Festivals in Finland

Although many of the most popular festivals in Finland take place in and around Helsinki, there are many other often quite idiosyncratic, or even downright bizarre, summer celebrations, that perfectly capture the essence of this remarkable country. Finnish festivals of the more unlikely kind include the World Air Guitar Championships in Oulu each September; the World Mobile Phone Throwing Championships in August in Punkaharju, eastern Finland; and, last but not least, the Wife-Carrying Championships in Sonkajärvi each July – with the prize being the wife’s weight in beer!

Helsinki Cathedral
Helsinki Cathedral – Photo Credit: Ari Helminen

Fortunately, Finland also has its share of far more conventional festivals to choose from. Opera lovers will love the opportunity of visiting the Savonlinna Opera Festival during July and August; it takes place in the atmospheric Olavinlinna Castle in the city.

The Midsummer Festival on the island of Seurasaari has some spectacular bonfires and rowing events and the International Folklore Festival in Rovaniemi, also held during June, attracts many artists from around the world as well as local Finnish performers. Right in the very north of the country, the Lapland city of Sodankyla regularly hosts the Midnight Sun Film Festival which also brings in some well-known names.

Aside from the capital Helsinki, Finland’s third largest city, Tampere, also hosts more than its share of interesting festivals. In addition to a Film Festival during March and July’s Tammerfest Rock Festival, there is a Midsummer Festival in June, a fabulous Floral festival during July and August and also Salsa and Flamenco Festivals. Tampere has the advantage for air travellers of being the Finnish hub for Ryanair, so is generally easily accessible.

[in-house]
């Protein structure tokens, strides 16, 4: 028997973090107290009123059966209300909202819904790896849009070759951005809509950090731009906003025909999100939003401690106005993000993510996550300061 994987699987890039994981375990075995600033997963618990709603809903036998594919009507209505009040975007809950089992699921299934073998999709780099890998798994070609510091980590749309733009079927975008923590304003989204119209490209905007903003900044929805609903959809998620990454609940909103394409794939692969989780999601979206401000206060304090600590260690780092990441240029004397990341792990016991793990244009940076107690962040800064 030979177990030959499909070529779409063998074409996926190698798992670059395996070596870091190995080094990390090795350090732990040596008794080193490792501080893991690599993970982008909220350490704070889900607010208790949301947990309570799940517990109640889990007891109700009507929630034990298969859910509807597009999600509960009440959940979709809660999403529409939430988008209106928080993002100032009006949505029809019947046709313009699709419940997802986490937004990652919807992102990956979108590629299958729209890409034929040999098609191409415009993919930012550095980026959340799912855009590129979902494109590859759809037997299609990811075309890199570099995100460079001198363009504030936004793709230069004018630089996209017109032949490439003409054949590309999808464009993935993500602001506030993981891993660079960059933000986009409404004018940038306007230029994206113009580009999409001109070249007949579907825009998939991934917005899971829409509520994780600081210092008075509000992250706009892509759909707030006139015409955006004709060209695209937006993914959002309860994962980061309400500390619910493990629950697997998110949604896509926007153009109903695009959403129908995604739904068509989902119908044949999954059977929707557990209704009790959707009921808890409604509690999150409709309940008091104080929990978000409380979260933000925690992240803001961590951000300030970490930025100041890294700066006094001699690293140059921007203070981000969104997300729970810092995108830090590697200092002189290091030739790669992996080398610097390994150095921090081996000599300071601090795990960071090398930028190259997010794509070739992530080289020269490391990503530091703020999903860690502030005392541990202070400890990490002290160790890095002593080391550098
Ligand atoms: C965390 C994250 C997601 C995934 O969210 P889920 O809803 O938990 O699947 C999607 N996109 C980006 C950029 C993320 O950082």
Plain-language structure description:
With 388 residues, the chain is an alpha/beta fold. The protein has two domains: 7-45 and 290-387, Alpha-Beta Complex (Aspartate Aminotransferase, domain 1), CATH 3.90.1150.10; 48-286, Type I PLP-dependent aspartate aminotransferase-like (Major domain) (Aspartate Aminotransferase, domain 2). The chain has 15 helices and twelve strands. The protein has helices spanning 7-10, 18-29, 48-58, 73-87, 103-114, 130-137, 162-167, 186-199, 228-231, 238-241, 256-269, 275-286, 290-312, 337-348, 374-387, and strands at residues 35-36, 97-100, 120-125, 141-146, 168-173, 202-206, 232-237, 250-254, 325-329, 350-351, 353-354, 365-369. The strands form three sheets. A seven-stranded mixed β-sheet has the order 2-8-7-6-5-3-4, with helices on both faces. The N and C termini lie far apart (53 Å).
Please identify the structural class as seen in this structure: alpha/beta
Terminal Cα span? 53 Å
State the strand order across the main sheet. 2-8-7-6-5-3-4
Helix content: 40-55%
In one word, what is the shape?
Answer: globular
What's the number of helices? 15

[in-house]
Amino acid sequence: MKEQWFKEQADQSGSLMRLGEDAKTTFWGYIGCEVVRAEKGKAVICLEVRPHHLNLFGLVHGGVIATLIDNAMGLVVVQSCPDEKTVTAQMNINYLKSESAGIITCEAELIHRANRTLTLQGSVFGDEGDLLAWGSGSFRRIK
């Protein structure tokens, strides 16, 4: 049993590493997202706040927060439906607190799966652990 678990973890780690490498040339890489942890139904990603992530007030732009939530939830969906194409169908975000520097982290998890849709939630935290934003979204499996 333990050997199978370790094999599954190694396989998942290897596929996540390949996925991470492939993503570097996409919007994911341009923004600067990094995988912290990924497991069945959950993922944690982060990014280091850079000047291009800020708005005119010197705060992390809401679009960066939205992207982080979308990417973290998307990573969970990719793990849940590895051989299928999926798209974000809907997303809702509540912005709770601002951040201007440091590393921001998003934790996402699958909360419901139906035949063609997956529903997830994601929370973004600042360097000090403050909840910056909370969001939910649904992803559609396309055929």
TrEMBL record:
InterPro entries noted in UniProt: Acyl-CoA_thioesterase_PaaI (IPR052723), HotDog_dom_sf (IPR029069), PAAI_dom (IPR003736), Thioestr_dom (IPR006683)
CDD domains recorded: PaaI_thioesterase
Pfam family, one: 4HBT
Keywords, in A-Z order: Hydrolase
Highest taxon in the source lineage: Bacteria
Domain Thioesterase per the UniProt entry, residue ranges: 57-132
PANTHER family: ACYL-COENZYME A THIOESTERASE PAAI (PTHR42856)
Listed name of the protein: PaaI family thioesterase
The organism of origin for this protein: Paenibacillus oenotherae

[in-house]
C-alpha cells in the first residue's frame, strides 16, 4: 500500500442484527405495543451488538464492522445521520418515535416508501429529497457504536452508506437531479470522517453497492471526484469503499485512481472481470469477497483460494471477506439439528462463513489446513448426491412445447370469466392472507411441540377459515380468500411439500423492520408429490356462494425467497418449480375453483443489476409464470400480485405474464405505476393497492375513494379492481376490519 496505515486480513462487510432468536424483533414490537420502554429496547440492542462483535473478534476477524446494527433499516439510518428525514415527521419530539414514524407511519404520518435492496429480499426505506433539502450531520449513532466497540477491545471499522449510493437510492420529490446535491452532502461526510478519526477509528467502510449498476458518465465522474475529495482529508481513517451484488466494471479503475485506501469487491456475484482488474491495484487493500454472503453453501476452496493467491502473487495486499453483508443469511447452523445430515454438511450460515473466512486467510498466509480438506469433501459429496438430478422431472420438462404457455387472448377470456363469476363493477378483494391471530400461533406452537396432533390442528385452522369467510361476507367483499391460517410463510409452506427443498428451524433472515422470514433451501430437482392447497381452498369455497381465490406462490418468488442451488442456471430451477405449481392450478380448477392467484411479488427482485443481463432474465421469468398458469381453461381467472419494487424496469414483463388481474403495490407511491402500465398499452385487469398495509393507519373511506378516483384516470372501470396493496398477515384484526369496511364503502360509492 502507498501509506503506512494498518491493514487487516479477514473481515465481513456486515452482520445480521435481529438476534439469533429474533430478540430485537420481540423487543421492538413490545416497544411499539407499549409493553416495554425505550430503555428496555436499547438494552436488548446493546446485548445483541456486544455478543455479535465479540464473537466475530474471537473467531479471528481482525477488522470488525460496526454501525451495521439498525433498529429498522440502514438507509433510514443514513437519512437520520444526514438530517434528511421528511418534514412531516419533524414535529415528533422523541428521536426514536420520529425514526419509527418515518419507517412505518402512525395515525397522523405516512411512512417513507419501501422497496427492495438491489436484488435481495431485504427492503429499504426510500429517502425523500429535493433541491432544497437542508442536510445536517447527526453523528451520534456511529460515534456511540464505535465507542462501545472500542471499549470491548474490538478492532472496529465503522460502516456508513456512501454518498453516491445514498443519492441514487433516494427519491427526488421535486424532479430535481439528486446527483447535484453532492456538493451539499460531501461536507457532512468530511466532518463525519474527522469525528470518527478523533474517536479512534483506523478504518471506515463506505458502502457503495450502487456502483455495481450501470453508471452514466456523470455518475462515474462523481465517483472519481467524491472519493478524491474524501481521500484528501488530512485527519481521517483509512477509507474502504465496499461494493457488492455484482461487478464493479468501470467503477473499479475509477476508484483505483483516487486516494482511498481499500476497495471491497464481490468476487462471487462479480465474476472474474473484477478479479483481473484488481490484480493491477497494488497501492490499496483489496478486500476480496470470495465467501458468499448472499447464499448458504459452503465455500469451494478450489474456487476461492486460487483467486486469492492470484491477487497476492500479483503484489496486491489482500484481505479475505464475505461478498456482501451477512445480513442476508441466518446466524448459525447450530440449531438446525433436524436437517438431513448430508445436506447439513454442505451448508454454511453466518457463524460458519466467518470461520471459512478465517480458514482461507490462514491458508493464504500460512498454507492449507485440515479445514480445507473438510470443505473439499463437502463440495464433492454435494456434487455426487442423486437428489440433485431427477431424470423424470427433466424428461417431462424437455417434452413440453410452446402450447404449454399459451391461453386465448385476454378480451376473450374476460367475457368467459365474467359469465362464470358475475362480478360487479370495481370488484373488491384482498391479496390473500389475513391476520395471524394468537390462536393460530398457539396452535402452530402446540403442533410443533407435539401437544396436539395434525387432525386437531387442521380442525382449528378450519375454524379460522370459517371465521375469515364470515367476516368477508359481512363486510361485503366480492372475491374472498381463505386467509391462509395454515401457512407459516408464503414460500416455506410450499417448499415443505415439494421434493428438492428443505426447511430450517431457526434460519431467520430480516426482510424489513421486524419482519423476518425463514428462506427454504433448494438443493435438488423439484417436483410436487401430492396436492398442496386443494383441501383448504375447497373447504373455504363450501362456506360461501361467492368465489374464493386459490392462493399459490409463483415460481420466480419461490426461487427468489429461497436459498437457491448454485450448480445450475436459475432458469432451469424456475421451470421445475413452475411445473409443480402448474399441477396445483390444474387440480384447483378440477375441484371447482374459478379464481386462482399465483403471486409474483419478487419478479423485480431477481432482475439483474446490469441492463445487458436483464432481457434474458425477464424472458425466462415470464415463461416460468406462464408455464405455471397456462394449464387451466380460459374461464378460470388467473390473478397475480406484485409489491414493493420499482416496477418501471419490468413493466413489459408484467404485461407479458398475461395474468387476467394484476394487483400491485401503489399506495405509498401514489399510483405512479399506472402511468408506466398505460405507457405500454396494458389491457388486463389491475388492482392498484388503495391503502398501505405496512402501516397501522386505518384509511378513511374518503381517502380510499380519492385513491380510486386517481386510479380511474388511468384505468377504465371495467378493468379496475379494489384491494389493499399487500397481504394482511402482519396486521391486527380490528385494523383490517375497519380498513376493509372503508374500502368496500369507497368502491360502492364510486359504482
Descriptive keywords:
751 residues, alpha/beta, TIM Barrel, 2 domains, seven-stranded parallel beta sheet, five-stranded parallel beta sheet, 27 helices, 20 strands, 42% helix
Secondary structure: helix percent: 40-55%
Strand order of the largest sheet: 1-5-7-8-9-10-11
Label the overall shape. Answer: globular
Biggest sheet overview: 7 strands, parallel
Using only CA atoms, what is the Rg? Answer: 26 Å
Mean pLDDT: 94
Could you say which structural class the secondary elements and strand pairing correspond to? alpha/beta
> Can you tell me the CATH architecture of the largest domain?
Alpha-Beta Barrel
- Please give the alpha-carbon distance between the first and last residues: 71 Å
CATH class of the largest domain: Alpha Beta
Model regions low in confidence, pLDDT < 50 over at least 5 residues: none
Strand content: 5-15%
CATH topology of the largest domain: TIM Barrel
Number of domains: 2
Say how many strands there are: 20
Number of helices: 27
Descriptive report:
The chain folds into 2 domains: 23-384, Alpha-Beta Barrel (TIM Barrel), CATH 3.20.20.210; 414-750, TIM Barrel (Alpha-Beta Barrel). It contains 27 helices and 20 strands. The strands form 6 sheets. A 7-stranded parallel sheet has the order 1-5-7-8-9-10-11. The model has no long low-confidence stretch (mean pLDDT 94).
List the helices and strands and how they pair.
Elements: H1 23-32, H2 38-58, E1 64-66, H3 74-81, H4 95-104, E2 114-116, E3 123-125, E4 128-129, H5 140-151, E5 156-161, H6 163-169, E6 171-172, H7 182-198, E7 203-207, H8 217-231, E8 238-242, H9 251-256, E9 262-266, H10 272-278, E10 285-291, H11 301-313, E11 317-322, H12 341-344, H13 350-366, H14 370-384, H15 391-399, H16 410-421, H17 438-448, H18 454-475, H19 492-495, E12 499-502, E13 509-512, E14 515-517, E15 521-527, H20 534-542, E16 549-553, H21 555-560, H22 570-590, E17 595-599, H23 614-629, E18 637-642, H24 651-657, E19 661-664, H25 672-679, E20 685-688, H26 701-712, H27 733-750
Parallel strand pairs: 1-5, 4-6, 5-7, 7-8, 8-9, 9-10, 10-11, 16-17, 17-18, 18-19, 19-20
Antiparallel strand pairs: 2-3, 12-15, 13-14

However, there is no avoiding the fact that most visitors to the country want to spend time in the delightfully pretty and friendly city of Helsinki, which also boasts some of the finest night life in Europe. The Helsinki Festival, held annually during the final two weeks in August, attracts upwards of a quarter of a million visitors to a visual arts festival that is totally jam-packed with exciting events. Whether your interest is in rock, folk, jazz, indie or classical music – as well as art, dance, theatre, sculpture and film – you will find an abundance of quality at the Helsinki Festival.

Helsinki is host to a very different kind of extravaganza on May 1st each year, when the Vappu festivities take place. This is undoubtedly the city’s biggest party of the year and the fabulously anarchic rituals provide for an unforgettable experience.

Travelling up to the Finnish Lapland region has become easier during the past few years and many families now take the opportunity of visiting Santa Claus at his home near the town of Rovaniemi. With an international airport only a couple of miles away from Santa’s village, a Christmas trip is easy to arrange. At this time of the year as well, Helsinki is a wonderfully festive city. The famous Christmas markets start at the beginning of December and they, together with the main shopping area around Aleksanterinkatu, provide a cheery Christmas atmosphere and give visitors the opportunity of not only buying some really unusual presents but also trying out the local seasonal food and drink.

Travelling north to one of the many exciting festivals in Finland will give you the opportunity of visiting this endearing Nordic country which has actually been ranked at the top of the recent International Prosperity rating – based on its quality of life as well as economic performance.